Engineer Provides Perspective on Forensic Process
A 12-story residential building collapsed early Thursday in the South Florida town of Surfside. About 55 of the 136 units at Champlain Towers South collapsed around 1:30 a.m., leaving huge piles of rubble on the ground and materials dangling from what remained of the structure in the beachfront community a few miles north of Miami Beach. Tragically, lives have been lost and the search efforts continue to find survivors.
Asher Cohen, Professional Engineer and U.S. Forensic Partner who is located just minutes from the site of the collapse, was interviewed by a local news station and provides insights on the process of evaluating structural failures. Click here to access the full interview.
Forensic teams will be piecing together all of the data. They’ll be collecting design drawings. They will be collecting maintenance logs… picking through the rubble. The method of failure, often times, is not one thing, but a combination of factors. We do not have any certainty as to if it was a design issue, a construction issue, or just a long term deterioration and perhaps deferred maintenance issue; but we will uncover that. We all want answers and I’ve been talking with colleagues, and we are all looking at the possible modes of failure, but I am very confident that we will learn that this was a confluence of factors, a number of factors, that contributed to this.” – Asher Cohen, P.E., Partner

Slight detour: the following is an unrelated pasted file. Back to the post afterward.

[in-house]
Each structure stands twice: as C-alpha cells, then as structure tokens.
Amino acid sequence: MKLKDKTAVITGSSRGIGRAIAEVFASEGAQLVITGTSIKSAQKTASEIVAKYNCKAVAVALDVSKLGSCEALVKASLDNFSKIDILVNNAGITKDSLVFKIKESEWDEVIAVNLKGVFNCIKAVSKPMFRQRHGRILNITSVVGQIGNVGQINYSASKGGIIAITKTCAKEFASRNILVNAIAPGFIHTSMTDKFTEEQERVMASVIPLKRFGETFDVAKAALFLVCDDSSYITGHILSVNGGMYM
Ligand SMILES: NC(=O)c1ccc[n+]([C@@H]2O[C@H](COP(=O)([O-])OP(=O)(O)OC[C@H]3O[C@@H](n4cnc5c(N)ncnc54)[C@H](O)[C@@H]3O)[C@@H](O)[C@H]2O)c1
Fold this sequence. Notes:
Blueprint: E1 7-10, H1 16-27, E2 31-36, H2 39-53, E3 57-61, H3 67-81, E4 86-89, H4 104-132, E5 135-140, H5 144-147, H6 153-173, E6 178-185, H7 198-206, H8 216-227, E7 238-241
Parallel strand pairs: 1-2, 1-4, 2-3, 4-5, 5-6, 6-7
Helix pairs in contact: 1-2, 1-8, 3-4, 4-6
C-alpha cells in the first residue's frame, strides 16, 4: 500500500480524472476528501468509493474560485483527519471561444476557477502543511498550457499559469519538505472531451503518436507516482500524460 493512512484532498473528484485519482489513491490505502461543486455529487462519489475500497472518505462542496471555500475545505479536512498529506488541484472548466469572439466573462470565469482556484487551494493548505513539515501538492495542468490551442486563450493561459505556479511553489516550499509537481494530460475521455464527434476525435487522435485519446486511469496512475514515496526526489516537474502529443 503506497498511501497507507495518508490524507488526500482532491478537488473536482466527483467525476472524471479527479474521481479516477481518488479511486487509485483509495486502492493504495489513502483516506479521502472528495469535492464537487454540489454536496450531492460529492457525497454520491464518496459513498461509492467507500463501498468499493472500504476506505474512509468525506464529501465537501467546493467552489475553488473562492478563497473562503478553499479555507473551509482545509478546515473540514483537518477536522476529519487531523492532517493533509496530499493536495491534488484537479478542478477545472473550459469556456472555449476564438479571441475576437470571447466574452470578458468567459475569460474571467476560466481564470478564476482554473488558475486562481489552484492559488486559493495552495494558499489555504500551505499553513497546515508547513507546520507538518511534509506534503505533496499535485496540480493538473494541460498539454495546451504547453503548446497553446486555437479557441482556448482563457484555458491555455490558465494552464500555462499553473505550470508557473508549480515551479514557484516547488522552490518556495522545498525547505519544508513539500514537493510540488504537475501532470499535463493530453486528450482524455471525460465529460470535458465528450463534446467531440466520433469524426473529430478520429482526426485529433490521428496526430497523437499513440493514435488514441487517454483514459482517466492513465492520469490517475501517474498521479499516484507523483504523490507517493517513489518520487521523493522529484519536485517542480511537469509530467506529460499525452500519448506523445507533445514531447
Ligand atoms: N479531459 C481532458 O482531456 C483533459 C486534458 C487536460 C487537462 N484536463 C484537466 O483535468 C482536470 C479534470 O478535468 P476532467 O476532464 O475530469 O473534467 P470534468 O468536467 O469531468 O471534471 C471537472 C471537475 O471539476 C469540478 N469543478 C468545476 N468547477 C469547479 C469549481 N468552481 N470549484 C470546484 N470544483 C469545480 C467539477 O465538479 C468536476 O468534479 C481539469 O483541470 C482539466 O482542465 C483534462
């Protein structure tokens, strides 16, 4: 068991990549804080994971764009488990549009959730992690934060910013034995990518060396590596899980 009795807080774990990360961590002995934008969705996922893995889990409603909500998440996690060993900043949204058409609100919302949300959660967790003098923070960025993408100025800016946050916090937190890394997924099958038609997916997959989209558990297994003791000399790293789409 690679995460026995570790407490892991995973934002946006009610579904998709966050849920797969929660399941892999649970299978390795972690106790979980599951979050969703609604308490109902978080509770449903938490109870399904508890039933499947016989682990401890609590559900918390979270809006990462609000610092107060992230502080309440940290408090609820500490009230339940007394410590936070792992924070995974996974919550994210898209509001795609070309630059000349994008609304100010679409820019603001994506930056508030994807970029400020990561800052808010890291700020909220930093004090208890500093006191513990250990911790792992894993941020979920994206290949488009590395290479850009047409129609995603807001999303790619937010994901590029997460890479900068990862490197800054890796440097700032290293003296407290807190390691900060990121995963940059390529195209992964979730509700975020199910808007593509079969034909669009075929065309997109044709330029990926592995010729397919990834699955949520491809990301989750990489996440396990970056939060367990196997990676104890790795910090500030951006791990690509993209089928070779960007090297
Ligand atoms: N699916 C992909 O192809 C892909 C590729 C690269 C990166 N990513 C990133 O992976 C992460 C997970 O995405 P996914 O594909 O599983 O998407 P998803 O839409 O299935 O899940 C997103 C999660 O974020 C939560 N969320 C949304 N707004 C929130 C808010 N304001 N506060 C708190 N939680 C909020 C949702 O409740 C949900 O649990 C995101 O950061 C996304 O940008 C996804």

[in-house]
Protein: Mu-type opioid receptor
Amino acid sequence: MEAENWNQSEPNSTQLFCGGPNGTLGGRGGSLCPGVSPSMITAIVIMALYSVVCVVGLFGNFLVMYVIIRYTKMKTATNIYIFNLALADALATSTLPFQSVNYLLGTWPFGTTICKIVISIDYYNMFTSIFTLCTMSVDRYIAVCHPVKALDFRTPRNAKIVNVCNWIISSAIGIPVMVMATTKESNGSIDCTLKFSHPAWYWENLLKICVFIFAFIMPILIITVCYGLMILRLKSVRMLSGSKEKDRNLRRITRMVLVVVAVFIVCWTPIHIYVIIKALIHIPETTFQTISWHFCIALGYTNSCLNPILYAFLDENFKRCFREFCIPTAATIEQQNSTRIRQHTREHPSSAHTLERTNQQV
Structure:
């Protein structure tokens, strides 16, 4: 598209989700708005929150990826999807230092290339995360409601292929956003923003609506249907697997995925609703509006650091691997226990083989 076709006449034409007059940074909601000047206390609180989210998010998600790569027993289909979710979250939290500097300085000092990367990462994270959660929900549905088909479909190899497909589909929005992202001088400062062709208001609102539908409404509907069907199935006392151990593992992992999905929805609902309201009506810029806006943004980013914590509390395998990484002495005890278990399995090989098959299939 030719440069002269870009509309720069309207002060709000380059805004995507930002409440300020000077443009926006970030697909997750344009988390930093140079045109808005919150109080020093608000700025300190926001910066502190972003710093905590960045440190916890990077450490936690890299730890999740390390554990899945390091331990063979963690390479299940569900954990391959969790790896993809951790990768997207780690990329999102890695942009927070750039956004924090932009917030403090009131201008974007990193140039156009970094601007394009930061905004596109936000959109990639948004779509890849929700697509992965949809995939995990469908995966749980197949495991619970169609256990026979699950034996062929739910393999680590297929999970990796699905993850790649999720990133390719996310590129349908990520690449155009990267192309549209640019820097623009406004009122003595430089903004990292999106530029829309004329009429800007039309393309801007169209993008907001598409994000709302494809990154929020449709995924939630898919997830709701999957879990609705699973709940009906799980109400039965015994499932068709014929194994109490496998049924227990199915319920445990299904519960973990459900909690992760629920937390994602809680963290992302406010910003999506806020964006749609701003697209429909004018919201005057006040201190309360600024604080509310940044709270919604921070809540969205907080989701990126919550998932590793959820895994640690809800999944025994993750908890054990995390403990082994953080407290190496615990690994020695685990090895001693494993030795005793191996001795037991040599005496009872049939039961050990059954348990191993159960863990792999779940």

In a second interview, Mr. Cohen was asked about the potential for corrosion. He replied, “We can see this usually when it starts happening, and it gives us a warning. We see a crack, maybe we see some corrosion staining, a red type of staining. Or on the underside of that slab, as the corroded steel starts to expand, it causes spalling and actually blows the concrete out. And this happens over many, many years.”
Sadly, in the history of humanity, we have learned most from failure. And it’s just a tragedy human lives were lost. We’ll learn from this and get better. I’m sure there will be new legislation, rules, regulations, to make sure it doesn’t happen again.” – Asher, Cohen, P.E., Partner